Tuesday, November 26, 2019

Airbnb hosts projected to earn $1.3 million over Air Force football season

Posted By on Tue, Nov 26, 2019 at 2:46 PM

click to enlarge Airbnb says its hosts help accommodate visitors during the college football season. - U.S. ARMY PHOTO BY BRANDON O'CONNOR
  • U.S. Army photo by Brandon O'Connor
  • Airbnb says its hosts help accommodate visitors during the college football season.

As City Council debated new regulations for Airbnbs and other short-term rentals, Colorado Springs Airbnb hosts earned $1.24 million over five Air Force Academy football home game weekends this season — and are projected to bring in an additional $139,000 the weekend of Nov. 30, when the Falcons play the University of Wyoming.

That's according to booking data from Airbnb, which announced the projected totals Nov. 26.

Airbnb hosts in Colorado Springs earned the most money of any Air Force home game weekend this year Sept. 27 and 28, when the Academy hosted San Jose State University. They brought in $391,000 from 4,080 guest arrivals, according to Airbnb booking data.

More recently, Airbnb hosts earned $155,000 from 2,380 guest arrivals the weekend of Nov. 1 and 2, when the Air Force played the Army.

(Those numbers represent Airbnb totals for the game weekends, not necessarily just people who visited Colorado Springs for the purpose of attending a football game.)

"This college football season is a great example of how Airbnb expands lodging stock to help cities like Colorado Springs welcome an influx of visitors for big events," Laura Spanjian, Airbnb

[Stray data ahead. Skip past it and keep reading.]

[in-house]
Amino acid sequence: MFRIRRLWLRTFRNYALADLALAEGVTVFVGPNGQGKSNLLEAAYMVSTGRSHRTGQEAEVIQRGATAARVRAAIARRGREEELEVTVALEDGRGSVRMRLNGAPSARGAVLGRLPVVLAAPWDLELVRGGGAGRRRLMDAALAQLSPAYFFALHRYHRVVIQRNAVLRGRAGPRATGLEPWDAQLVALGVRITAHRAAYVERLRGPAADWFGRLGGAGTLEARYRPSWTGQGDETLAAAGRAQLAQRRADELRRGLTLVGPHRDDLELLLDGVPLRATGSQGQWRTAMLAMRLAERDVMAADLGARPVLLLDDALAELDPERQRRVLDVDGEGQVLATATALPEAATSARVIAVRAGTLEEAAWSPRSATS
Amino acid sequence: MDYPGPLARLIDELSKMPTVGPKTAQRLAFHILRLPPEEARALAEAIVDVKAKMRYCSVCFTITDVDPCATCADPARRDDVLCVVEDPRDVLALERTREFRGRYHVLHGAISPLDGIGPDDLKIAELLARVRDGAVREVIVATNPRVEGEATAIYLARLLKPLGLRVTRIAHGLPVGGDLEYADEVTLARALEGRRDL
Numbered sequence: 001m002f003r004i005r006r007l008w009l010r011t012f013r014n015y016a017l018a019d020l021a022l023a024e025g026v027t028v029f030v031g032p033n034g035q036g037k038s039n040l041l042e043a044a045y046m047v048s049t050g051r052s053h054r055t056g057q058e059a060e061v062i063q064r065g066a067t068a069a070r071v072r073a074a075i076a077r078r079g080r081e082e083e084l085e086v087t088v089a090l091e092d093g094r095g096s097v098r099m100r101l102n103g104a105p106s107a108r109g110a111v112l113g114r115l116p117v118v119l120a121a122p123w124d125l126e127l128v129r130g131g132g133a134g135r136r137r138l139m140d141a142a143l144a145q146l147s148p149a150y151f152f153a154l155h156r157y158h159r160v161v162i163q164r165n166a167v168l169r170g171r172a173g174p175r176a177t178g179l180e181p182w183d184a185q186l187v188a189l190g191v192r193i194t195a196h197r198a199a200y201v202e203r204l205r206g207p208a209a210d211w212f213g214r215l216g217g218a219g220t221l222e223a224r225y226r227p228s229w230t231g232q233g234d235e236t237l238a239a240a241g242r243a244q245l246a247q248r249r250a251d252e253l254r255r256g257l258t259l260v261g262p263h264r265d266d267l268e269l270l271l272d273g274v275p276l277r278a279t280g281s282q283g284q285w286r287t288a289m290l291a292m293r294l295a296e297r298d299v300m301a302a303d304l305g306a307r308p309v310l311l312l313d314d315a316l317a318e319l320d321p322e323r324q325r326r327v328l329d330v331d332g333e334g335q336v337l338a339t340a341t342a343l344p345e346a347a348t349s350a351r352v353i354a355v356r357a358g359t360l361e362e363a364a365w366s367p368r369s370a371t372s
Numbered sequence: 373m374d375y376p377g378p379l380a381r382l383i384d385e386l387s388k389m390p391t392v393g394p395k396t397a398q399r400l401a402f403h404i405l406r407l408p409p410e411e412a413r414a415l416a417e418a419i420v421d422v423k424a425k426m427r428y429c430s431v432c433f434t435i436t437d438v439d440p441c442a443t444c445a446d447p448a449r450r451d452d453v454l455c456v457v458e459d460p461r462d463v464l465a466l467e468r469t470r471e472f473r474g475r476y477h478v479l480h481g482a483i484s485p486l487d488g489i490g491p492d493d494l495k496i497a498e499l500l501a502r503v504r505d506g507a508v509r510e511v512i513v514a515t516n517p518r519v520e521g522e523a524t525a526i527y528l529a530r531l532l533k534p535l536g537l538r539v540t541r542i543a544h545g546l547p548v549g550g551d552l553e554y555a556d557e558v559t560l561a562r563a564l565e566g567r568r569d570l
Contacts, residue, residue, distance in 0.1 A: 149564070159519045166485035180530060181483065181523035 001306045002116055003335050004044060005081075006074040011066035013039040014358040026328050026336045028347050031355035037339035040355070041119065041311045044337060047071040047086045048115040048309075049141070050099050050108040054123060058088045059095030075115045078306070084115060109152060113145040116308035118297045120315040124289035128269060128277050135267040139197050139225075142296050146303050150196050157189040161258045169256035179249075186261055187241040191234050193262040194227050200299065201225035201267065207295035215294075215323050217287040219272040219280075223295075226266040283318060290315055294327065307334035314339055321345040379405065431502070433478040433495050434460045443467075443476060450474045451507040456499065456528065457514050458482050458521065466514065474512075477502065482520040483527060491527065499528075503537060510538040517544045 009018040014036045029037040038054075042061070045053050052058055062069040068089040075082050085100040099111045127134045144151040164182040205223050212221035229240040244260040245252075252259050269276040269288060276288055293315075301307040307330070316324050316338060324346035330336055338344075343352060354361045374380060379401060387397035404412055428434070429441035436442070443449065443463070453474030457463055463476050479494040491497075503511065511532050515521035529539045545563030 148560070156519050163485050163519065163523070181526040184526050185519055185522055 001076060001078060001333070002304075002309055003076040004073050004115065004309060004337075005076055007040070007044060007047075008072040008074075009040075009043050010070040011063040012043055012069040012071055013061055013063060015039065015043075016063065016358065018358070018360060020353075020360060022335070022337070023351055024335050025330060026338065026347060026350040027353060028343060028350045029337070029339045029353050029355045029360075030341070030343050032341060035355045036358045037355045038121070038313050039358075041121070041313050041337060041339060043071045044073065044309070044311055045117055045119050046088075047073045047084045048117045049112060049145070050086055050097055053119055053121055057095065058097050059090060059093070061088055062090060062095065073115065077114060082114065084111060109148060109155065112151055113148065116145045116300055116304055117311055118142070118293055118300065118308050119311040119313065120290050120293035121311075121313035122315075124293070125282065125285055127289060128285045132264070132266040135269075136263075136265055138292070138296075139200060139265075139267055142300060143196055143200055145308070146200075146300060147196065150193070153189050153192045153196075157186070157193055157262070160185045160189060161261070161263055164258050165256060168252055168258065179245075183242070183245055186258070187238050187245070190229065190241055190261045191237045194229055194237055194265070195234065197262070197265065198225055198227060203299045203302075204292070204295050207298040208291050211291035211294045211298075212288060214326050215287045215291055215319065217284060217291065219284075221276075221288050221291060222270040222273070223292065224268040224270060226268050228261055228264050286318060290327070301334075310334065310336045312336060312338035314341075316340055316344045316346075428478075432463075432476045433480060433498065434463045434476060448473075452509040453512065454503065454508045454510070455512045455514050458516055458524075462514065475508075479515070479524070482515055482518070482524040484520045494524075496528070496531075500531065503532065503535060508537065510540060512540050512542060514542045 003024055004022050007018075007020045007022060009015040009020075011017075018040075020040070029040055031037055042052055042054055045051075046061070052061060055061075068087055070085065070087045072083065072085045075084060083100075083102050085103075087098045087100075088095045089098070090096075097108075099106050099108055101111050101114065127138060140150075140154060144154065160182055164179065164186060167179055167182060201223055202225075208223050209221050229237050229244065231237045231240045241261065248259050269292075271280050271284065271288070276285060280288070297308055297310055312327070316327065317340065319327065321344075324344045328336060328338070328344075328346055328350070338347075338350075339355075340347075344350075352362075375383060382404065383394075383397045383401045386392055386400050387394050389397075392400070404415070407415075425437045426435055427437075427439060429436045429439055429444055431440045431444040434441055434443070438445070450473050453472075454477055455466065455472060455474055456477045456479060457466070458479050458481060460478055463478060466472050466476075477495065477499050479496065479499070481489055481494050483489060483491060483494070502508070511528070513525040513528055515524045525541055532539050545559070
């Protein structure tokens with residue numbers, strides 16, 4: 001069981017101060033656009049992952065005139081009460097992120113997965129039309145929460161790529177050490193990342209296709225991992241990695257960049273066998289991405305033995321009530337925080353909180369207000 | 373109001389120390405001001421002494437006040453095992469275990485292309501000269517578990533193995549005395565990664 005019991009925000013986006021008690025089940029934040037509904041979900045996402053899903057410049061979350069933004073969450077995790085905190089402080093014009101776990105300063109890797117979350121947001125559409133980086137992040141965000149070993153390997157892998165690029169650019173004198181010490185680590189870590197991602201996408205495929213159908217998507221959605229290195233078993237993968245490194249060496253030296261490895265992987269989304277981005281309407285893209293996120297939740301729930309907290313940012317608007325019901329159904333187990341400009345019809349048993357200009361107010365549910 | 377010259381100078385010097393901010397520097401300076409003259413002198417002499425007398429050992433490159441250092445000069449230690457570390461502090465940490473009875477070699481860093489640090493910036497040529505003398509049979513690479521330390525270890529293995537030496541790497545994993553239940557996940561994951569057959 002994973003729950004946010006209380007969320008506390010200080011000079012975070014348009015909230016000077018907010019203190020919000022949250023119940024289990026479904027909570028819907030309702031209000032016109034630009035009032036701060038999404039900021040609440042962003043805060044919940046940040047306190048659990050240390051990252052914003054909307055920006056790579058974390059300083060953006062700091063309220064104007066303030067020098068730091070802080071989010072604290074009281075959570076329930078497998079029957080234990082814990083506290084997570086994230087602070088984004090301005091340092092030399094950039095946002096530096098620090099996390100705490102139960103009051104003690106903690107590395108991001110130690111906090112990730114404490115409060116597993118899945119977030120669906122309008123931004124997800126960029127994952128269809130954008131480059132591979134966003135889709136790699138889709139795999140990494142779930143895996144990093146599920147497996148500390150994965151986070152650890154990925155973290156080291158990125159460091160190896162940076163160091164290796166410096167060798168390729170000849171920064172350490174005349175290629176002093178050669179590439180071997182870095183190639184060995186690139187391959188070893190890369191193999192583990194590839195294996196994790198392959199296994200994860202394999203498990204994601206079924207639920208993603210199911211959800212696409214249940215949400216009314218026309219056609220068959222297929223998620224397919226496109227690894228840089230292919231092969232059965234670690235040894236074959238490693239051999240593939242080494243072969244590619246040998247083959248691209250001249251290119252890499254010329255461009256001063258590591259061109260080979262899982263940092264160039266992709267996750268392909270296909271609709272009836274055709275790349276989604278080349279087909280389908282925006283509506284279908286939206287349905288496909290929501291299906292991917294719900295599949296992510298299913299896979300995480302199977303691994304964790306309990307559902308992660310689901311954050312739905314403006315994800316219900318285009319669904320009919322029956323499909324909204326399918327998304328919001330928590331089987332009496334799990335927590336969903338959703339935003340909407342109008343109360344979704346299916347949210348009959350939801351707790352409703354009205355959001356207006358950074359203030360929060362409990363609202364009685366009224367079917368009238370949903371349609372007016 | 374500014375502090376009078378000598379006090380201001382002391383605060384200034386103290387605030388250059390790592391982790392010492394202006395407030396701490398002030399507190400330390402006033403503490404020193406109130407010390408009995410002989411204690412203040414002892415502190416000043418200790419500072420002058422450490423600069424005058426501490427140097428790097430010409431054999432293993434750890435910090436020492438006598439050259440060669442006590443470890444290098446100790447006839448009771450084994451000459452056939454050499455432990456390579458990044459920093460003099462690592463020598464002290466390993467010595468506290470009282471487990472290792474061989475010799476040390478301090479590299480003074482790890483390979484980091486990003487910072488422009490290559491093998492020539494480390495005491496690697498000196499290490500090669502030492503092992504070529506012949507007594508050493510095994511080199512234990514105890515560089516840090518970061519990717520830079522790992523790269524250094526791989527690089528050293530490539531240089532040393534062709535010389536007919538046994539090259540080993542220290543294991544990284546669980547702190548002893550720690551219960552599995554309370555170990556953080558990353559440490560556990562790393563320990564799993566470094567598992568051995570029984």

senior policy director for Colorado, said in a statement. "Fans and alumni can find a comfortable, affordable place to stay, while hosts and small businesses are receiving an economic boost from this expanded tourism economy."

The announcement went out the same day that City Council was set to hold a public hearing on proposed new requirements governing the occupancy and density of short-term rentals, or STRs, within city limits.

The public hearing, which would not have included a formal vote, was postponed due to a snowstorm. Update Dec. 4: The hearing has been scheduled for Dec. 5 during the City Council meeting that begins at 8 a.m.

City staff had devised four potential options for an ordinance regulating STRs. The hearing Nov. 26 would have solicited public feedback on the different options:

Ordinance options A, B and C define an "owner occupied" short-term rental as a property that is occupied by the owner for at least 180 days out of the year, with exceptions for deployed military service members.

Option A mandates that no non-owner occupied STR could be located within five lots of another non-owner occupied STR in any direction.

Option B includes the same five-lot spacing requirement as Option A, but also bans non-owner occupied STRs in single-family zones.

Option C includes the same five-lot spacing requirement as options A and B, but requires that applications for non-owner occupied units within single-family zones be reviewed by the Planning Commission at a public hearing.

Option D, city's staff's recommendation, defines an "owner occupied" short-term rental as occupied by the owner for at least 210 days out of the year, with exceptions for deployed service members. Other than that, it's identical to option B: It requires non-owner occupied STRs to be spaced five lots apart, and also bans non-owner occupied units in single-family zones.

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